After the New Orleans Saints took yet another hit, this time a 24-15 loss to the Atlanta Falcons, Saints star running back Alvin Kamara spoke candidly during his postgame interview, and there was no sugarcoating. Despite racking up over 400 yards on offense, the Saints just couldn't punch it in when it mattered most, leading to rookie kicker Blake Grupe picking up the slack with five field goals.

Kamara, known for lighting up the field, turned the spotlight on the team's shortcomings in a way that only he can. He cut straight to the chase saying that talking about needing to be better simply isn't enough: "You gotta find a way to DO." This wasn't just a player frustrated after a tough game; this was a call to action. Kamara's pointing out something a lot of fans have been grumbling about all season - the team's habit of talking a big game but not delivering when it counts.

His comments really hit home, especially when he talked about needing a real identity and not just being "consistently inconsistent." These words, echoed in tweets by ESPN's Kat Terrell, show Kamara isn't just playing for stats; he's playing for a team that needs to find its groove.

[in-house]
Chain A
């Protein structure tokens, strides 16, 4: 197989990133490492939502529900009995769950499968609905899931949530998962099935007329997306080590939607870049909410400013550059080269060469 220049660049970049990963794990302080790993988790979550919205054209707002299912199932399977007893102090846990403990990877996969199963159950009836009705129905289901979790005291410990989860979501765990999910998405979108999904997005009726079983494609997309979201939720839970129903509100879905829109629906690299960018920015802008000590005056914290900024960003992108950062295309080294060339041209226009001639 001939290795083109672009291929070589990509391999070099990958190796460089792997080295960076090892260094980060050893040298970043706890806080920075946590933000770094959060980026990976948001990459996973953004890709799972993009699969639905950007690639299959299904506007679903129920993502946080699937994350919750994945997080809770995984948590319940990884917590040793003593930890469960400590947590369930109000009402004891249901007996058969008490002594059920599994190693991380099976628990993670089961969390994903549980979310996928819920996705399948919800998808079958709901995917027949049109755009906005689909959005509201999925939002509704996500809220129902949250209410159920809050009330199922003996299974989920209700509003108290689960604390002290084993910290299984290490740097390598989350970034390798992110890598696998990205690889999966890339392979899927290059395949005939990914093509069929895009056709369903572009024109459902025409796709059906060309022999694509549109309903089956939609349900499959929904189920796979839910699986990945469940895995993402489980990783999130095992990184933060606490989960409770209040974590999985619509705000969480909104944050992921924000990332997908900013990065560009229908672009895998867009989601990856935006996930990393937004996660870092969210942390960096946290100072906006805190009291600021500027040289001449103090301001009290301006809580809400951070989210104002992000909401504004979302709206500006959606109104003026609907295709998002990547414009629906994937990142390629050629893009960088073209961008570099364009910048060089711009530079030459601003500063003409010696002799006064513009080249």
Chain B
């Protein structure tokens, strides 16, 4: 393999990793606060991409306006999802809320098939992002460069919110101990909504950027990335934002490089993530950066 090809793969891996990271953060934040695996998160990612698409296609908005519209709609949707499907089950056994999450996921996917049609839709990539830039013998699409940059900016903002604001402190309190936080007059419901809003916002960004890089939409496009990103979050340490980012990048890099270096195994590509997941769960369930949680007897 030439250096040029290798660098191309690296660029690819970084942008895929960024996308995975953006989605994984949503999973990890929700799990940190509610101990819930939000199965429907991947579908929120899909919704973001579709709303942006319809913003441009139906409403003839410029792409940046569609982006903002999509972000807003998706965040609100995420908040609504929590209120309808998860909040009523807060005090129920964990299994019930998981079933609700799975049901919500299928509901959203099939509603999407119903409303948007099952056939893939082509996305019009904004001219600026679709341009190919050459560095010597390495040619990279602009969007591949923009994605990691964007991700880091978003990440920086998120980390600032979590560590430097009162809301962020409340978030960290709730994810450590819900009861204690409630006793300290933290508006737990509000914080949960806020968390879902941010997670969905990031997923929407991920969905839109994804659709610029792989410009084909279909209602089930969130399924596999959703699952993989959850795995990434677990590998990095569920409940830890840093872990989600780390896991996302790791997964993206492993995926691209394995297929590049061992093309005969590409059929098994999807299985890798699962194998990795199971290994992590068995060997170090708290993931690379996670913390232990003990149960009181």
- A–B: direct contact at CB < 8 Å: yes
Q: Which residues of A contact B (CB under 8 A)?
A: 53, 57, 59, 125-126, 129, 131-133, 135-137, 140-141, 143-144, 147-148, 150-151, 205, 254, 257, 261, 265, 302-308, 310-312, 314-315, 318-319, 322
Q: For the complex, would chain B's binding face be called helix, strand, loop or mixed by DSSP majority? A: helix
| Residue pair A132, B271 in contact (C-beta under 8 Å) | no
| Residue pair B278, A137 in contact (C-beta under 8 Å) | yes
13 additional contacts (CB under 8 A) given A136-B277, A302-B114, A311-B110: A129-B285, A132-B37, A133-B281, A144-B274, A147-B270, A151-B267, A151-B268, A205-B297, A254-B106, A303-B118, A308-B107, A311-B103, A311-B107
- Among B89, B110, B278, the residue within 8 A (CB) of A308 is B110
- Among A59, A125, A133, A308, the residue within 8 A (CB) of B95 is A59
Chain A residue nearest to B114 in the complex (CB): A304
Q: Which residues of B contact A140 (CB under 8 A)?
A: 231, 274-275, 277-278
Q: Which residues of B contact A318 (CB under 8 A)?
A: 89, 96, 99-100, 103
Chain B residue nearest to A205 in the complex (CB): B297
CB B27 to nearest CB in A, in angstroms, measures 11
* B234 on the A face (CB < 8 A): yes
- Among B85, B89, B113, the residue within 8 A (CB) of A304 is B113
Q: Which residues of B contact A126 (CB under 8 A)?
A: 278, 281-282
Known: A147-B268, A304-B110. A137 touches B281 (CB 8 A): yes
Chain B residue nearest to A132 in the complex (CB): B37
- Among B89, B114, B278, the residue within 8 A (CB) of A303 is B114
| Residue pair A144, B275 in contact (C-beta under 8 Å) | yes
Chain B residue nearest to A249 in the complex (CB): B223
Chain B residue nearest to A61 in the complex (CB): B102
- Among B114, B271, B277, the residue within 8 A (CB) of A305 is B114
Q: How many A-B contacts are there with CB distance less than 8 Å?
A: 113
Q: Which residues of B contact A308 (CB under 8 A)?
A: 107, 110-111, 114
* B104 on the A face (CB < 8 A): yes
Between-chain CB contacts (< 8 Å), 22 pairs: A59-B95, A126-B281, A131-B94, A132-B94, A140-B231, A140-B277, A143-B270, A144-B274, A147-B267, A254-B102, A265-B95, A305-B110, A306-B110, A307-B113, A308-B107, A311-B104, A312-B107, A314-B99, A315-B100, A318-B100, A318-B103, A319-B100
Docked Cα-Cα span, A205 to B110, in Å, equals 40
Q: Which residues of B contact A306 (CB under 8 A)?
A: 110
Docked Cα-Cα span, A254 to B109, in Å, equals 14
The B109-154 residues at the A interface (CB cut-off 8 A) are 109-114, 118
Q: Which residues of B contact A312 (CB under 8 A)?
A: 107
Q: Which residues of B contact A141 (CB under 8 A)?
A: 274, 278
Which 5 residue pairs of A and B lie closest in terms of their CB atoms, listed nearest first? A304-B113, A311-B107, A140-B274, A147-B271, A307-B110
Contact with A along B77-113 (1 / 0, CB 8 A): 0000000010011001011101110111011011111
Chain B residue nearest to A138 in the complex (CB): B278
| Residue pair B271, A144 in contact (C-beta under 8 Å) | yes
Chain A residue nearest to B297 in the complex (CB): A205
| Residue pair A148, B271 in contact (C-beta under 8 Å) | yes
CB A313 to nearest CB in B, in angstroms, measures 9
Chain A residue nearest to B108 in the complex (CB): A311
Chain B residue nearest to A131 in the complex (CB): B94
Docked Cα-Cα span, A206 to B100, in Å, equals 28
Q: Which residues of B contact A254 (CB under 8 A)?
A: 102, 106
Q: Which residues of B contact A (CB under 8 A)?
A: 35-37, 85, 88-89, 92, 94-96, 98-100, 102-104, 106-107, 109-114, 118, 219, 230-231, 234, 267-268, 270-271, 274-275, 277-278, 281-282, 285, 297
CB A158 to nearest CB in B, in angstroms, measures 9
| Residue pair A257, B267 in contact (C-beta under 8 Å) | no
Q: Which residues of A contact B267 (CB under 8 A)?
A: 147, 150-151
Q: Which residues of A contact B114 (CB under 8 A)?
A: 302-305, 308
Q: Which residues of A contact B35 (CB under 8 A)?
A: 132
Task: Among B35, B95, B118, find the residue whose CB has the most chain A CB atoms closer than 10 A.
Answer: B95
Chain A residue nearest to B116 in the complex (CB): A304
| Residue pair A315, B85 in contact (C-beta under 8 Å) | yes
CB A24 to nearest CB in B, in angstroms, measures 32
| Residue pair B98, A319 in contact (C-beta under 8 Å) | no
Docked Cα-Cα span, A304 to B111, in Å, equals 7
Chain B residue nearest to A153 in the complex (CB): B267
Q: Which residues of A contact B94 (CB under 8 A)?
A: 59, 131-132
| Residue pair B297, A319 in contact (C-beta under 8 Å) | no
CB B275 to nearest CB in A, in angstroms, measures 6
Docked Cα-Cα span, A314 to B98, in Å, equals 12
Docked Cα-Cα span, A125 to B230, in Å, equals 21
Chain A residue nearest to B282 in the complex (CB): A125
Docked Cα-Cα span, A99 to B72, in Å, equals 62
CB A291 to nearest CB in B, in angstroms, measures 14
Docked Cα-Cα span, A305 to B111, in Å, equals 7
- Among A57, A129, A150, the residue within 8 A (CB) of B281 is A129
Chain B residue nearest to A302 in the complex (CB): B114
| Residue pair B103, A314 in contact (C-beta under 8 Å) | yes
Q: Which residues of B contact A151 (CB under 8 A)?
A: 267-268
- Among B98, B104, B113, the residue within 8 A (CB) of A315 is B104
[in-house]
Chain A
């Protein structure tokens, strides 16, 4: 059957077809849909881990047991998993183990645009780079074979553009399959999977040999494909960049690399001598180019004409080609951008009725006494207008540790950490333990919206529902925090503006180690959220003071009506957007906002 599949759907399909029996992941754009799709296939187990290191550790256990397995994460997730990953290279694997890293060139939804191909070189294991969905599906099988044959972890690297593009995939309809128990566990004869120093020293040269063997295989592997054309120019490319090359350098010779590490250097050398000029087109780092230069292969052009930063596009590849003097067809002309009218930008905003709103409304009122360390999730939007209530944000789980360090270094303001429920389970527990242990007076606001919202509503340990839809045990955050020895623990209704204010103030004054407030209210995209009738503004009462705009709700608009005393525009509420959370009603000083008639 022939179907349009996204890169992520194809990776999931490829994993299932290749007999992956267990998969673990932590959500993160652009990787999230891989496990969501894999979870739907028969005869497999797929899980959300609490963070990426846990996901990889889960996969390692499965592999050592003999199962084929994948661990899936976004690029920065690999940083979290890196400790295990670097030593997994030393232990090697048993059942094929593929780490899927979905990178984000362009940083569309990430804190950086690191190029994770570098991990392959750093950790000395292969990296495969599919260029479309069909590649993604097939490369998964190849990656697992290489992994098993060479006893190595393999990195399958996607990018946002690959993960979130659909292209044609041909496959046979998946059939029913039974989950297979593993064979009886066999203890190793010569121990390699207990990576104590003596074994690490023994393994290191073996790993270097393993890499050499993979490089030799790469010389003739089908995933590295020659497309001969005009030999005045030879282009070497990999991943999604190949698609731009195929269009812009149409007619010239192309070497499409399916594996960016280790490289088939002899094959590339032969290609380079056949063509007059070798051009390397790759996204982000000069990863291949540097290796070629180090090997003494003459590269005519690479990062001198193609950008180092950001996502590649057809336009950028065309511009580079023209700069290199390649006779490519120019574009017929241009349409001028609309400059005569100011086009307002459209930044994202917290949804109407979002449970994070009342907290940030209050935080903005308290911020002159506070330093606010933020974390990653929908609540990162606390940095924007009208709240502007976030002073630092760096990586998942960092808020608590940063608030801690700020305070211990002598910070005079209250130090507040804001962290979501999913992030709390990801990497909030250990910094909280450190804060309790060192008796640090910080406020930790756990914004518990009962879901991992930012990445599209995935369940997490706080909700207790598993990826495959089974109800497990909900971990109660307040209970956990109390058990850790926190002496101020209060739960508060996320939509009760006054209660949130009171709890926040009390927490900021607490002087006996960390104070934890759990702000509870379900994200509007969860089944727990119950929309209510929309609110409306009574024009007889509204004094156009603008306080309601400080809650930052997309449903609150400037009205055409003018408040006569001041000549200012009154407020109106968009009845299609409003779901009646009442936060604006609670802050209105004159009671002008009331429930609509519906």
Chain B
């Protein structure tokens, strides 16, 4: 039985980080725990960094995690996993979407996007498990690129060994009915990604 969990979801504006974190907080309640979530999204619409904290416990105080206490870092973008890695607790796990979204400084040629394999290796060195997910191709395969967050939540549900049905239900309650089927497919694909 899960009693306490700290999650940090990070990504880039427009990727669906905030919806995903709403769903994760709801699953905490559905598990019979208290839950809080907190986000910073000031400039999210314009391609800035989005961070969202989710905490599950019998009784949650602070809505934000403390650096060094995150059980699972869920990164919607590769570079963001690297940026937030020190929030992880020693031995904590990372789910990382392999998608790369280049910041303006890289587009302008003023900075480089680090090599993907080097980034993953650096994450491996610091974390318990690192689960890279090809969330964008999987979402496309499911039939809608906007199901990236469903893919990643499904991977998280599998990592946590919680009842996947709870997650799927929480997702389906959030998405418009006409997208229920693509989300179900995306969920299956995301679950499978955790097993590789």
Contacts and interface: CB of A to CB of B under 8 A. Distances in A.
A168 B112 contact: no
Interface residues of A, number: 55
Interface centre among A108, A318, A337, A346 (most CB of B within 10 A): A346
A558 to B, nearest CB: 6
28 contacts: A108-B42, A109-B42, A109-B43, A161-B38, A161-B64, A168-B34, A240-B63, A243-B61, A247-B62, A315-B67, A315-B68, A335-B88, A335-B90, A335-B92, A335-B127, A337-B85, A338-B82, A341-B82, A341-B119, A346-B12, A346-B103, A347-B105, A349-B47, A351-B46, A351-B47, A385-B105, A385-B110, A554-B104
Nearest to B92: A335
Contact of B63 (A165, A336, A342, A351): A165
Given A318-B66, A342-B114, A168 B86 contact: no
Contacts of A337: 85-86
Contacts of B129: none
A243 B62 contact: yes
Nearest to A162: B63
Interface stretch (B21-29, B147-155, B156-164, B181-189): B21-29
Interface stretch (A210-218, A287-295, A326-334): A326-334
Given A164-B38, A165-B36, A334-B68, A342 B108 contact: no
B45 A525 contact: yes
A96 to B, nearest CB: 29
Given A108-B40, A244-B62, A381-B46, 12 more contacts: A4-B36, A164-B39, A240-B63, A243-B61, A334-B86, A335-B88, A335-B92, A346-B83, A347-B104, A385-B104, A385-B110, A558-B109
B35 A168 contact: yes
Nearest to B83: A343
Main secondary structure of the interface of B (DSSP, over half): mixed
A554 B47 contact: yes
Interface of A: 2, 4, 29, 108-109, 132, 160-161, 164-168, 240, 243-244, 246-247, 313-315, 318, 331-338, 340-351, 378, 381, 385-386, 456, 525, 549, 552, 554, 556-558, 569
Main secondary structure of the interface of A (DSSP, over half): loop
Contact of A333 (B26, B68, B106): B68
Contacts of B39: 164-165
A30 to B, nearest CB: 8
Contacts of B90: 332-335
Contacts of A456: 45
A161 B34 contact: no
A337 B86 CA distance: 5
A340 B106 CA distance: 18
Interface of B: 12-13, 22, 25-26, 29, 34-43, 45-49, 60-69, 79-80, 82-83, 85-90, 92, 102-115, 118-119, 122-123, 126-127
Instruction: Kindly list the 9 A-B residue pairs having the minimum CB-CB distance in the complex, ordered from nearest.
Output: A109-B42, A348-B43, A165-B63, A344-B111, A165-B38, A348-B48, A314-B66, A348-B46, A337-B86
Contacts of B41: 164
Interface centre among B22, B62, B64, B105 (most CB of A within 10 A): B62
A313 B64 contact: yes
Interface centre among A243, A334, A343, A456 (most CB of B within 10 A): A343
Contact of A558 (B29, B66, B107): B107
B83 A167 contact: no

Sure, Coach Dennis Allen and quarterback Derek Carr have their issues to sort out. Allen was all calm and disappointment rolled into one during the press conference, while Carr, who might be nursing a shoulder injury, was a mixed bag on the field. But it was Kamara's straight talk that really stood out after the game.

It's clear that Kamara's had it up to here with the same old story. He's been with the Saints for seven years, and this level of frustration is new territory for him. He's out there doing his thing, but he's also not afraid to say it like it is and push for the team to step up in a big way.

In short, Alvin Kamara's no-nonsense breakdown of the Saints' issues post-Falcons game is more than just venting. It's a wake-up call.

As the Saints look ahead, they might just need to take a page out of Kamara's playbook and start turning those tough talks into real action on the field.

READ ON: See the States Where People Live the Longest

Stacker used data from the 2020 County Health Rankings to rank every state's average life expectancy from lowest to highest. The 2020 County Health Rankings values were calculated using mortality counts from the 2016-2018 National Center for Health Statistics. The U.S. Census 2019 American Community Survey and America's Health Rankings Senior Report 2019 data were also used to provide demographics on the senior population of each state and the state's rank on senior health care, respectively.

Read on to learn the average life expectancy in each state.

Gallery Credit: Hannah Lang

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